Round-Up · Young Middle Grade

Young middle-grade round-up – August 2018

 

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The Hounds Of Penhallow Hall by Holly Webb and Jason Cockroft

Penhallow Hall is full of ghostly dogs, waiting to wake up and share their stories. Polly is excited when she wakes up the ghost of a terrier called Patch. Can Polly help Patch remember what happened to his boy Jake? Did Jake run into trouble from the terrible Highwaymen of the 1700s?

This is one of the loveliest quick reads I have encountered in a long time. This series would be brilliant for introducing children to different time periods. We learn so much by empathising with a character. Young readers will turn the pages to find out whether Patch and Jake are reunited, and I adore the canine guardian of all the ghost dogs, Rex.

I recommend this series to people of any age who love time-slip. Think Green-Knowe with dogs. It may only take a couple of hours to read but this is brilliant storytelling. Although this is part of a series it could be read as a stand-alone.

Jason Cockroft’s illustrations bring the historical hall and forest to life. I feel as if I have been there. This is a dream author-illustrator pair.

 

Star Friends – Nightshade by Linda Chapman and Lucy Fleming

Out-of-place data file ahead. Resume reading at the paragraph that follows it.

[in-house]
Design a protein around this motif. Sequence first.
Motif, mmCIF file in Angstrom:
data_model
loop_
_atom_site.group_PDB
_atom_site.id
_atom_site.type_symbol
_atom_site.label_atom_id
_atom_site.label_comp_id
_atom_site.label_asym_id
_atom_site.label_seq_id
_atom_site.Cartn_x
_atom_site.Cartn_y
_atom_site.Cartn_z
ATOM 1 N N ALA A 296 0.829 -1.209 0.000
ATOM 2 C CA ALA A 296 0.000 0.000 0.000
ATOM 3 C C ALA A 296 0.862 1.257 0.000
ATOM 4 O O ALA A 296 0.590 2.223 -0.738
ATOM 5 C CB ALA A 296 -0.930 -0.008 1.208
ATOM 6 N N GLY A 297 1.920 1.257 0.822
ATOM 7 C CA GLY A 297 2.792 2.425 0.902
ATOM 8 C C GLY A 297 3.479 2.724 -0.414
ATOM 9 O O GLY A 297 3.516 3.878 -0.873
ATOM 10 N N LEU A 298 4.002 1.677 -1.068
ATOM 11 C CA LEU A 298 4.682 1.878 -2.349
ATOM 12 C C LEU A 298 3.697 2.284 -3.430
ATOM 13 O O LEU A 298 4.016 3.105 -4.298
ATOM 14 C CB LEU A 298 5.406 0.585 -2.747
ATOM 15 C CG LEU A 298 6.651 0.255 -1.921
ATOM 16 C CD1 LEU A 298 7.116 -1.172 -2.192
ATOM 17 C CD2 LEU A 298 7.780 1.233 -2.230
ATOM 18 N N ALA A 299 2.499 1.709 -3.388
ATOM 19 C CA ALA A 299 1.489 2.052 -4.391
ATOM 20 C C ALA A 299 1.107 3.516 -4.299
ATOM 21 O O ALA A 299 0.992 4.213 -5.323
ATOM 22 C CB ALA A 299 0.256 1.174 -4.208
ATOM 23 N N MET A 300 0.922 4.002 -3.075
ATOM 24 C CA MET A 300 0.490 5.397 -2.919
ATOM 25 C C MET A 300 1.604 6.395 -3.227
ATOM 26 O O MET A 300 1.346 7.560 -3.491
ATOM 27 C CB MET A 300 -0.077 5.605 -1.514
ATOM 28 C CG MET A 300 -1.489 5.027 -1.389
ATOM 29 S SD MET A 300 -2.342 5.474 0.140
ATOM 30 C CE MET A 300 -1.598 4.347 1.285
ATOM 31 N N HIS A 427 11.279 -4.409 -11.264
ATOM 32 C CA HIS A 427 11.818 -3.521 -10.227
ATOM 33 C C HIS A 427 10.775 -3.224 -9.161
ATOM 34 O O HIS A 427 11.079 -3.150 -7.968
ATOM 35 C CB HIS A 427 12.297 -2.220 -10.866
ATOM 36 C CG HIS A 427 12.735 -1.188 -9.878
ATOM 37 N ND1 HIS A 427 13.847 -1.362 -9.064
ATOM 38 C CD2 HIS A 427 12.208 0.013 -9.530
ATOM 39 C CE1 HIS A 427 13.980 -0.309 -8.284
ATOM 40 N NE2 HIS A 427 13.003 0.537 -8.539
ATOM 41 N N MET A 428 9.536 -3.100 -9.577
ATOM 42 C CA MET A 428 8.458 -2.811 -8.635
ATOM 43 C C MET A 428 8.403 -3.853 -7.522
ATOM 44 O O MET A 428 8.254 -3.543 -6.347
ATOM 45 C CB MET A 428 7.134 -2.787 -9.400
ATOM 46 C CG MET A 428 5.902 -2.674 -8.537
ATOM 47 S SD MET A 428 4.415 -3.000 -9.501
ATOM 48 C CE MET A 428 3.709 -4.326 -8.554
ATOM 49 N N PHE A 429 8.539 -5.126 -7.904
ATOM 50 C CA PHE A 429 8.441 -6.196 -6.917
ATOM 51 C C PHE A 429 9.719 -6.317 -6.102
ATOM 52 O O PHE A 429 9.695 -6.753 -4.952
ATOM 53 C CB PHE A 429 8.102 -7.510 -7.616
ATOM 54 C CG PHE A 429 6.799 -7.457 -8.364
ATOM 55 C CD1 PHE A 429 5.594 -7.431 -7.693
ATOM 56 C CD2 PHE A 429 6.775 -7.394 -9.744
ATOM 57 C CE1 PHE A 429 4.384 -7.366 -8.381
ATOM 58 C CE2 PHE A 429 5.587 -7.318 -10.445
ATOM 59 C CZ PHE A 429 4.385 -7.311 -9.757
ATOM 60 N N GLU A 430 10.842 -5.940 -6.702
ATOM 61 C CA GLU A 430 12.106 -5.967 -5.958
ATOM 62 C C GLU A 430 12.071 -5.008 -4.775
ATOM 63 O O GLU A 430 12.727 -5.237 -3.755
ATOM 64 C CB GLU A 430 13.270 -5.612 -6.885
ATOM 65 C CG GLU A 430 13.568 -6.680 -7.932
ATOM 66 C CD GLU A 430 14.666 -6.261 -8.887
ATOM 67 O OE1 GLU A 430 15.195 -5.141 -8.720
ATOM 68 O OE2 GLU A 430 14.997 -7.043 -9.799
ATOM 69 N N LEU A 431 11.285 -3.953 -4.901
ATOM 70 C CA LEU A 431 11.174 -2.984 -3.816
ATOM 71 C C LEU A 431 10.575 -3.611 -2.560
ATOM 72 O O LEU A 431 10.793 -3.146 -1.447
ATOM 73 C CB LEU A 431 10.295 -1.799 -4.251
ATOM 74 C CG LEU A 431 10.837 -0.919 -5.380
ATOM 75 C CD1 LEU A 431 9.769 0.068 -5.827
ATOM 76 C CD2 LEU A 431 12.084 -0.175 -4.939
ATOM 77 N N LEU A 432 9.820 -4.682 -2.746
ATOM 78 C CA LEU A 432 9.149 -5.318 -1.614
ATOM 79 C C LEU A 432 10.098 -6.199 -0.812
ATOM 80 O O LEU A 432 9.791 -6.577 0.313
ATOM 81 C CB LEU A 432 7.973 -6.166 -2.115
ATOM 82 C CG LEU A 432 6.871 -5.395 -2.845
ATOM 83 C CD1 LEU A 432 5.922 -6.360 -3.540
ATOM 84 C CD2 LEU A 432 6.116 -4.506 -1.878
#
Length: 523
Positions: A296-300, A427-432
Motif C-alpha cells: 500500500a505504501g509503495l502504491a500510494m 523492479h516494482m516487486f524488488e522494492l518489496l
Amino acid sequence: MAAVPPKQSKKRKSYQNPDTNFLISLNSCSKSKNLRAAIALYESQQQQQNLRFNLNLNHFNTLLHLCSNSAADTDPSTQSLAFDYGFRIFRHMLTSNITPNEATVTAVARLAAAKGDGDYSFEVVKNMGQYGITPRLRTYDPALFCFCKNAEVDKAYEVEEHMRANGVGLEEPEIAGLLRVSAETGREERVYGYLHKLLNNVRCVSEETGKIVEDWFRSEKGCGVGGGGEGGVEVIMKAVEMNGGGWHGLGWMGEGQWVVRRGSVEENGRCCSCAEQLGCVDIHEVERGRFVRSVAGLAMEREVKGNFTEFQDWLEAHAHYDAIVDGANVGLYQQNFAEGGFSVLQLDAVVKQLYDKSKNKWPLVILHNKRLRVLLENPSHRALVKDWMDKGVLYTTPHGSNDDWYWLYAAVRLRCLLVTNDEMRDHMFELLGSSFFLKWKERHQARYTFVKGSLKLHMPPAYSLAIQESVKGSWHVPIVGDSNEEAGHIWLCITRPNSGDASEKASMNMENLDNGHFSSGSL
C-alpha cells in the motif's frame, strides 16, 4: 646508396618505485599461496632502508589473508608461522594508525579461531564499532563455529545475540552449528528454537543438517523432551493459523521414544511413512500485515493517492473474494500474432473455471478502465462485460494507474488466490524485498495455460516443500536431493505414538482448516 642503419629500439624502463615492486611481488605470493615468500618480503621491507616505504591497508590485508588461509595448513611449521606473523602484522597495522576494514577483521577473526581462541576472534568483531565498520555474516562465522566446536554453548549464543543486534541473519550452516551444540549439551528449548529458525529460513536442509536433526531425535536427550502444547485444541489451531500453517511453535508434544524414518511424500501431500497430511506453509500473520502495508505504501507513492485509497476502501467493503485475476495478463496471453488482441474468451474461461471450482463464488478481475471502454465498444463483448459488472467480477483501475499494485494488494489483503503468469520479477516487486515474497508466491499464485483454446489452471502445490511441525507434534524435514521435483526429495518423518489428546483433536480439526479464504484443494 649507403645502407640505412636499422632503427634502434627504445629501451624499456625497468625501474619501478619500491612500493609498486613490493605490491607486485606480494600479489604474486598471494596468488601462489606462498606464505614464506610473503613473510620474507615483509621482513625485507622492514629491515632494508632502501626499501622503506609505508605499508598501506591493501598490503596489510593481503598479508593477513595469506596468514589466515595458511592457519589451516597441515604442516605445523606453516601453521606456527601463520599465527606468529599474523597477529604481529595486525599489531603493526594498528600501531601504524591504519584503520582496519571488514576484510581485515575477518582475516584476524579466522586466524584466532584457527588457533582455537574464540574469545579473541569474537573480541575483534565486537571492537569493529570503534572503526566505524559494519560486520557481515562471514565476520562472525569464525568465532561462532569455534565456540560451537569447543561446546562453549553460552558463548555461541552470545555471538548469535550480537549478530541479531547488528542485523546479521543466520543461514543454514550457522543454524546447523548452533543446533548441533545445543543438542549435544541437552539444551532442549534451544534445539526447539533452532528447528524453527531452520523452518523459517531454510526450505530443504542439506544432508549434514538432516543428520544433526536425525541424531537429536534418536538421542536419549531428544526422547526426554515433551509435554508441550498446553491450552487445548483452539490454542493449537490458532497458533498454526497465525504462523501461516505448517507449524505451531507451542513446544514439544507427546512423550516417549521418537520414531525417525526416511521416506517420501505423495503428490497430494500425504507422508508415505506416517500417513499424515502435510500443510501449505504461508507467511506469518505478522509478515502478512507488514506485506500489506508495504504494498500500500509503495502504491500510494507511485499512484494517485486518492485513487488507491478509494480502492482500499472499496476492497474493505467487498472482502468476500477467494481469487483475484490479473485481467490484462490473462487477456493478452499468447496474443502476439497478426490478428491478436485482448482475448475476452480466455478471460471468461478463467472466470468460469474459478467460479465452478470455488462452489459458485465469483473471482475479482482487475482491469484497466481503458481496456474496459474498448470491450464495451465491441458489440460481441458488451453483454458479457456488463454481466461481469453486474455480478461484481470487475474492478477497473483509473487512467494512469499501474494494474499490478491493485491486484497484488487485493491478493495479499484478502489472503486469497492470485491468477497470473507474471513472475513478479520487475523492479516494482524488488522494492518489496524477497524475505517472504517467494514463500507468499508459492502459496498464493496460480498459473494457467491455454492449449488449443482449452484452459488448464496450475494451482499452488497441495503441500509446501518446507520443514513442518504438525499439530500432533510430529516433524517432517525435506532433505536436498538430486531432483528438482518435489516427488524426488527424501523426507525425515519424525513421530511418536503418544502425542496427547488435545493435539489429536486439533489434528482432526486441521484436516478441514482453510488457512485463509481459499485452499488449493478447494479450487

Maia and her friends are back for another adventure. Star Friends follows a group of children who have a special bond with magical animals. Together they protect the world from Dark Magic.

The woodland plants are dying because someone is creating potions with dark magic. Meanwhile, the girls are divided by new-girl Essie and her clique, and the grown-ups have all become seriously competitive. Can the girls put aside their differences and find the source of the dark magic?

The story in Star Friends continues from one book to the next so if you are new to the series I would recommend starting at book one. I can see this series being very popular with 7 – 9 year-olds. Tween girls can develop a real interest in friendship groups and life-stages. This story explores current-age friendships while looking at the girls’ future ambitions and goals. This installment looks at popularity and competitiveness.

A series with the magic of Harry Potter and the cute-factor Animal Ark.

 

Shine – Chloe Takes Centre Stage by Holly Webb and Monique Dong 

 Chloe is desperate to go to The Shine School for the Performing Arts. It is only when she gets in that she realises she won’t be the only funny, confident and talented student. How do you stand out at a school where everyone is talented? Chloe goes overboard to make people laugh but her jokes backfire when the teachers complain about her behaviour. Will Chole ever fit in at The Shine?